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Father's Day 2018

This was my first Father's Day after my father's death a few months ago. I had anticipated that it might be difficult to address how I'd feel. So this post is still in draft.
Distance & time, connection, permanence vs transience, where is home?
Counselling / telemedicine?
Also, details on Emergency Visitation Travel (EVT) in the Foreign Service.

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I spent Father's Day 2018 with my girls, also started wearing my dad's watch, as though it was his last father's day gift to his son / father of his grandchildren.

My father had been battling cancer for the last two years, so there was always a heightened sense of "this might be our last goodbye", and they did get harder as his condition declined.

I was laying in bed, reading a story to our 5-year-old when my phone rang. It was one of those moments I had been expecting, and yet could not quite summarize the details when i hung up. all i knew was that i needed to get my tickets, lodging, and local transportation squared away then get on the next flight available. We made the decision that Kacey would stay with the girls in Cyprus while I went back to the States, to remain as long as I needed to. There were a variety of factors that played into this, including but not limited to the ages of our girls and their ability to understand what was going on, the fact that it was a lot of travel to be followed by lots of time in a hospital environment, and that the girl's primary support structure was tied to the school and home in Cyprus. I made two videos of our girls saying "I love you Grampa!" because I knew it would be difficult to time any phone calls and he might not be able to see any photos of them (most patients don't wear their glasses).

 Kacey deftly arranged the tickets for me and her parents (my in-laws) would drive up from Florida to TN and cover my transportation in and around the city. We sorted out the lodging with my step-mother, everything was very mechanical in that sense.

The actual flights were non-descript, as my mind was elsewhere anyways. The whole 14? 16? hours I was hoping that I would arrive before my dad departed. Fortunately, I did.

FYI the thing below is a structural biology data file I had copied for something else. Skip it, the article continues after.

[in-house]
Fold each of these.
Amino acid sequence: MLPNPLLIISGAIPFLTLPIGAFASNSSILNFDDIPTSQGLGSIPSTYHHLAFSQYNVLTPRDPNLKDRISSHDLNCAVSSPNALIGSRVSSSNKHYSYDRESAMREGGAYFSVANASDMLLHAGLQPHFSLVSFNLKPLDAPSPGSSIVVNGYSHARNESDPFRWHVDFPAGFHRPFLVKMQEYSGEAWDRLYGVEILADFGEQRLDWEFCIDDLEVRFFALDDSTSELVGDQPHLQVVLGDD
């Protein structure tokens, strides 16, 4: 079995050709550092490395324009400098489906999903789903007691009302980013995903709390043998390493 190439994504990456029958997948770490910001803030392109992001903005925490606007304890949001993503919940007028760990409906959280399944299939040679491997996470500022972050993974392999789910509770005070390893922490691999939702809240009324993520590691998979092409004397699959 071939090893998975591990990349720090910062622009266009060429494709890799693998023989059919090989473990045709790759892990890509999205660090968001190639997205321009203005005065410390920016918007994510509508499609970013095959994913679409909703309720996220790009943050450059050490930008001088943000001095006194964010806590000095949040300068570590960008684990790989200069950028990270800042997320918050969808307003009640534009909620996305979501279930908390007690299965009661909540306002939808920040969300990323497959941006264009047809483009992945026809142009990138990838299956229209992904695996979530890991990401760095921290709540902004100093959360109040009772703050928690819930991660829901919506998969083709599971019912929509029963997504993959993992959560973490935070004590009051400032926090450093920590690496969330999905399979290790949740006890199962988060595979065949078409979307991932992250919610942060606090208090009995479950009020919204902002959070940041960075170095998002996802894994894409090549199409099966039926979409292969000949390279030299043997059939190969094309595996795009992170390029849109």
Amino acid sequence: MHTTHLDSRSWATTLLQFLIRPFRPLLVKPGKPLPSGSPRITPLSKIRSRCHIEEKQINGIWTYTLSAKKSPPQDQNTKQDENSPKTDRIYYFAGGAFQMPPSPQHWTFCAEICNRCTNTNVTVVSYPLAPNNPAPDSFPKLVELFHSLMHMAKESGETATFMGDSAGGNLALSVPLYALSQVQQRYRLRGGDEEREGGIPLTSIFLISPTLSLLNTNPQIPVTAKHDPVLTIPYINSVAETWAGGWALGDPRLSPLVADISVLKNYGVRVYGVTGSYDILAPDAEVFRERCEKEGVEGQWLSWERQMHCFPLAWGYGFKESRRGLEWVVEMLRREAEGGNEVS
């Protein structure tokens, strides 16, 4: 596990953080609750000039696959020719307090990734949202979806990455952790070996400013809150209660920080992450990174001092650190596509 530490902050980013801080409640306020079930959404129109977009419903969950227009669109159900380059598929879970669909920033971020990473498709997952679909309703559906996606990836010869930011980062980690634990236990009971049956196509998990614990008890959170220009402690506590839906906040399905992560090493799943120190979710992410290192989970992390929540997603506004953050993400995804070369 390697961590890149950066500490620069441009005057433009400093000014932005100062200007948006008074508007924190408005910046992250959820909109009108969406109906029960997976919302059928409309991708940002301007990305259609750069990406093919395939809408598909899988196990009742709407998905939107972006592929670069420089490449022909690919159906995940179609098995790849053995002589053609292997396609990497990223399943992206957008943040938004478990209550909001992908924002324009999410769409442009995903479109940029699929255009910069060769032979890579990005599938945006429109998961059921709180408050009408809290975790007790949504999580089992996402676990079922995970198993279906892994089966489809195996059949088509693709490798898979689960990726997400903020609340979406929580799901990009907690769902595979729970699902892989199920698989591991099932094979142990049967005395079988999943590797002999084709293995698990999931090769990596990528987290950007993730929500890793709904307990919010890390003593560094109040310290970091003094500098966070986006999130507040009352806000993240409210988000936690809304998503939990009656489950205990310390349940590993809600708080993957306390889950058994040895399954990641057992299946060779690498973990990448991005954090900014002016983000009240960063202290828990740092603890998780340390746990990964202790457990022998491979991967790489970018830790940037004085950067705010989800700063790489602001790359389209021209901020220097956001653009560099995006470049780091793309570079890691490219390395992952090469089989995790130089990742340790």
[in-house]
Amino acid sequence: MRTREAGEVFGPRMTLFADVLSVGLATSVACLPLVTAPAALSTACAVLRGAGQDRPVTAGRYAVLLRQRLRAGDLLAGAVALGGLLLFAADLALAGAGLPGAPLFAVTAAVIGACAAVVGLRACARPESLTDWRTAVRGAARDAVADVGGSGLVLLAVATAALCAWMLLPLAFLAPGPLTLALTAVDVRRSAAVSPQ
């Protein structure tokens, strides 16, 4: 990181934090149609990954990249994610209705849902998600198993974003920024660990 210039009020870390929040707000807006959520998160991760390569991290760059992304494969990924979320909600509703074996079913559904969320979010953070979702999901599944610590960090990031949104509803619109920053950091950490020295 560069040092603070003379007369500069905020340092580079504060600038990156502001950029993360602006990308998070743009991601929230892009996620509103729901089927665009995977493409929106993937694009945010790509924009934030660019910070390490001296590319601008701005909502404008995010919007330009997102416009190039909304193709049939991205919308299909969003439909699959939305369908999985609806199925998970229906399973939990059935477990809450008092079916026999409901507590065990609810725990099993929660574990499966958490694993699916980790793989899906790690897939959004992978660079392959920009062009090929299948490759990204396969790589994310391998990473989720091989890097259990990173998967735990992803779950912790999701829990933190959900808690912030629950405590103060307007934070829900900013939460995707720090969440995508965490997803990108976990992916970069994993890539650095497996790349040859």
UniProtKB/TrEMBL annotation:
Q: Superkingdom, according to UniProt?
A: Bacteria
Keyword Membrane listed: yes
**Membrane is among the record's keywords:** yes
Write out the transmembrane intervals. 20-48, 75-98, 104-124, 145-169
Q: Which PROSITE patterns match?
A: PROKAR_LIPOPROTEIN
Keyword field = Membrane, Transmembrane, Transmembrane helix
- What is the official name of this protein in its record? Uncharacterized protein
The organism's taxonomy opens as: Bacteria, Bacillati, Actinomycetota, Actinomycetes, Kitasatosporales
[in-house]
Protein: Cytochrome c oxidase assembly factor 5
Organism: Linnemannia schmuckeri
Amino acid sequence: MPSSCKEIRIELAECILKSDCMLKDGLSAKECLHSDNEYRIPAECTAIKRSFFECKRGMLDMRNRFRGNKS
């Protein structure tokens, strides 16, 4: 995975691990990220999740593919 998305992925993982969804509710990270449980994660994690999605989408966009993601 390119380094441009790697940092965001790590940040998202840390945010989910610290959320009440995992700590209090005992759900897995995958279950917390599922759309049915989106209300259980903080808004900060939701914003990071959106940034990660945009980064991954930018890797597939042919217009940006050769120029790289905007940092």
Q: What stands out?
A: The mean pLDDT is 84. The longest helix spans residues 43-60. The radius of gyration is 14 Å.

When I walked into his hospital room, I did not recognize him. Studies have found that when an average man loses 9 pounds, their face is noticeably different. My father had lost far more than than, and I initially thought I had the wrong room.

What they don't tell you about these environments is that besides not having energy, many times the patient has difficulty seeing and speaking. even more so when they are intubated. conversation for them ranges from uncomfortable to painful, so its not a great time for conversation.

My father was able to look me in the eyes and mouth "I love you, Greg", but I think the last time I heard him speak was a few weeks before when I had called to check in on him. That conversation was cut short because, as he said "There are a lot of people in here right now".

I spent as much time as I could with my father in his final days, but I knew that I couldn't/shouldn't monopolize his time because there were others who wanted time alone with him. He had been moved to hospice, so it was just a matter of time until he found peace. My in-laws and I had broken for lunch, a pizza joint near our hotel, when I got the call to come back to the hospital. As we dashed out of the restaurant, I mentally prepared myself for the reality that I would arrive at my father's hospital room too late to say good bye (again). The week I was there, I had made a conscious effort to say "Goodbye Dad, I love you" every single time I left the hospital just in case it was the last. As I walked up to his room, it was adorned with a simple sheet of white paper depicting a dove holding an olive branch. I knew before opening the door what I would see.

After my father died, I fulfilled those obligations of informing those that knew him. Then I spent some time reflecting before finding myself chatting with a colleague from my last assignment who was recently diagnosed with an inoperable form of brain cancer and would be facing many of the same challenges that my father did. I mentioned some of these points, particularly dwelling on telling your loved ones what you want them to know. Video recordings are great, because they can capture yourself as you want to be remembered, say the things you want to be said, and can be replayed when desired (?). I had a hard time trying to find video/audio of my dad's voice, and while I will remember the things he told me, it will probably be difficult for me to remember how he sounded when saying them. Fortunately, a few weeks later, I was able to find some old voicemail messages from when he was full of life, and while the topics are mundane, i still cherish them.

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 need to pull up the source links.

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